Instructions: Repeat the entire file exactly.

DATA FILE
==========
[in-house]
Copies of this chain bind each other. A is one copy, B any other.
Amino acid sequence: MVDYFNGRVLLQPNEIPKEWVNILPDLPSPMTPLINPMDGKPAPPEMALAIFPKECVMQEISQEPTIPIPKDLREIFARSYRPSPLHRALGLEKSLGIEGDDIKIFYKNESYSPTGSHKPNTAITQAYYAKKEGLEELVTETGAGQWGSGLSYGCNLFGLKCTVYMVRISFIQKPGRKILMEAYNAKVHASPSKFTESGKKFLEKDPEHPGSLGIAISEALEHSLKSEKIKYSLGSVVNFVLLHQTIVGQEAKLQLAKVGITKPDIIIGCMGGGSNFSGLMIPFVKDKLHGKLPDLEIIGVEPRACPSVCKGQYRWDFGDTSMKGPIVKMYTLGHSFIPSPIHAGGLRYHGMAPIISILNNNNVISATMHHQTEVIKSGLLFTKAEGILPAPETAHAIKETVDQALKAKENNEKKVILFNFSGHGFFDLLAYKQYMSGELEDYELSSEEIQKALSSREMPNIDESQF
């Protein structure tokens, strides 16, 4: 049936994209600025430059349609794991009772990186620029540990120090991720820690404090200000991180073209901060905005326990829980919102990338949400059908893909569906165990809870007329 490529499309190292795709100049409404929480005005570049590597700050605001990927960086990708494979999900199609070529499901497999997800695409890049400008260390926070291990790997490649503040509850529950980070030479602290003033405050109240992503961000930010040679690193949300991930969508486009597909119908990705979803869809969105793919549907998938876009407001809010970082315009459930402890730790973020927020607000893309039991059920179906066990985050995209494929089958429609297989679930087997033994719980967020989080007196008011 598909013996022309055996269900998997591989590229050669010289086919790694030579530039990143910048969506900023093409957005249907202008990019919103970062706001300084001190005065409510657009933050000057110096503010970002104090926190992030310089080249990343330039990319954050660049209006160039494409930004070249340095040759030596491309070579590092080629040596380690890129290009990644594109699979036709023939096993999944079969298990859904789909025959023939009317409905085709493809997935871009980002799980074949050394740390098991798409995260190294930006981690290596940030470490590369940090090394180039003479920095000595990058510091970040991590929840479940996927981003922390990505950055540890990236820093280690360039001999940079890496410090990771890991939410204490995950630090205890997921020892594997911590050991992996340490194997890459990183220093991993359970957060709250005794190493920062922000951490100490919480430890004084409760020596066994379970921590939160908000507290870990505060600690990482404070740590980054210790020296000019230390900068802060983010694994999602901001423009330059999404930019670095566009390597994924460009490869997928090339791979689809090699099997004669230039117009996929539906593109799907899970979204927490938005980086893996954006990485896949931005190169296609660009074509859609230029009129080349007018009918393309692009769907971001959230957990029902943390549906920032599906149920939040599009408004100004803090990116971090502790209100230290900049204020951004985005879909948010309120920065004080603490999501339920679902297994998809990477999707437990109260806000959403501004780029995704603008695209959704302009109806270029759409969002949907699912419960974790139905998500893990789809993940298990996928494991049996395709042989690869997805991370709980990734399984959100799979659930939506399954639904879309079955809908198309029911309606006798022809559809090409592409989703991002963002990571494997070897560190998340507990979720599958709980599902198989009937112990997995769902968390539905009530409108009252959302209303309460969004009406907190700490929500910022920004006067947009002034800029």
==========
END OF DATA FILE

[in-house]
Copies of this chain bind each other. A is one copy, B any other.
Amino acid sequence: MVDYFNGRVLLQPNEIPKEWVNILPDLPSPMTPLINPMDGKPAPPEMALAIFPKECVMQEISQEPTIPIPKDLREIFARSYRPSPLHRALGLEKSLGIEGDDIKIFYKNESYSPTGSHKPNTAITQAYYAKKEGLEELVTETGAGQWGSGLSYGCNLFGLKCTVYMVRISFIQKPGRKILMEAYNAKVHASPSKFTESGKKFLEKDPEHPGSLGIAISEALEHSLKSEKIKYSLGSVVNFVLLHQTIVGQEAKLQLAKVGITKPDIIIGCMGGGSNFSGLMIPFVKDKLHGKLPDLEIIGVEPRACPSVCKGQYRWDFGDTSMKGPIVKMYTLGHSFIPSPIHAGGLRYHGMAPIISILNNNNVISATMHHQTEVIKSGLLFTKAEGILPAPETAHAIKETVDQALKAKENNEKKVILFNFSGHGFFDLLAYKQYMSGELEDYELSSEEIQKALSSREMPNIDESQF
């Protein structure tokens, strides 16, 4: 049936994209600025430059349609794991009772990186620029540990120090991720820690404090200000991180073209901060905005326990829980919102990338949400059908893909569906165990809870007329 490529499309190292795709100049409404929480005005570049590597700050605001990927960086990708494979999900199609070529499901497999997800695409890049400008260390926070291990790997490649503040509850529950980070030479602290003033405050109240992503961000930010040679690193949300991930969508486009597909119908990705979803869809969105793919549907998938876009407001809010970082315009459930402890730790973020927020607000893309039991059920179906066990985050995209494929089958429609297989679930087997033994719980967020989080007196008011 598909013996022309055996269900998997591989590229050669010289086919790694030579530039990143910048969506900023093409957005249907202008990019919103970062706001300084001190005065409510657009933050000057110096503010970002104090926190992030310089080249990343330039990319954050660049209006160039494409930004070249340095040759030596491309070579590092080629040596380690890129290009990644594109699979036709023939096993999944079969298990859904789909025959023939009317409905085709493809997935871009980002799980074949050394740390098991798409995260190294930006981690290596940030470490590369940090090394180039003479920095000595990058510091970040991590929840479940996927981003922390990505950055540890990236820093280690360039001999940079890496410090990771890991939410204490995950630090205890997921020892594997911590050991992996340490194997890459990183220093991993359970957060709250005794190493920062922000951490100490919480430890004084409760020596066994379970921590939160908000507290870990505060600690990482404070740590980054210790020296000019230390900068802060983010694994999602901001423009330059999404930019670095566009390597994924460009490869997928090339791979689809090699099997004669230039117009996929539906593109799907899970979204927490938005980086893996954006990485896949931005190169296609660009074509859609230029009129080349007018009918393309692009769907971001959230957990029902943390549906920032599906149920939040599009408004100004803090990116971090502790209100230290900049204020951004985005879909948010309120920065004080603490999501339920679902297994998809990477999707437990109260806000959403501004780029995704603008695209959704302009109806270029759409969002949907699912419960974790139905998500893990789809993940298990996928494991049996395709042989690869997805991370709980990734399984959100799979659930939506399954639904879309079955809908198309029911309606006798022809559809090409592409989703991002963002990571494997070897560190998340507990979720599958709980599902198989009937112990997995769902968390539905009530409108009252959302209303309460969004009406907190700490929500910022920004006067947009002034800029």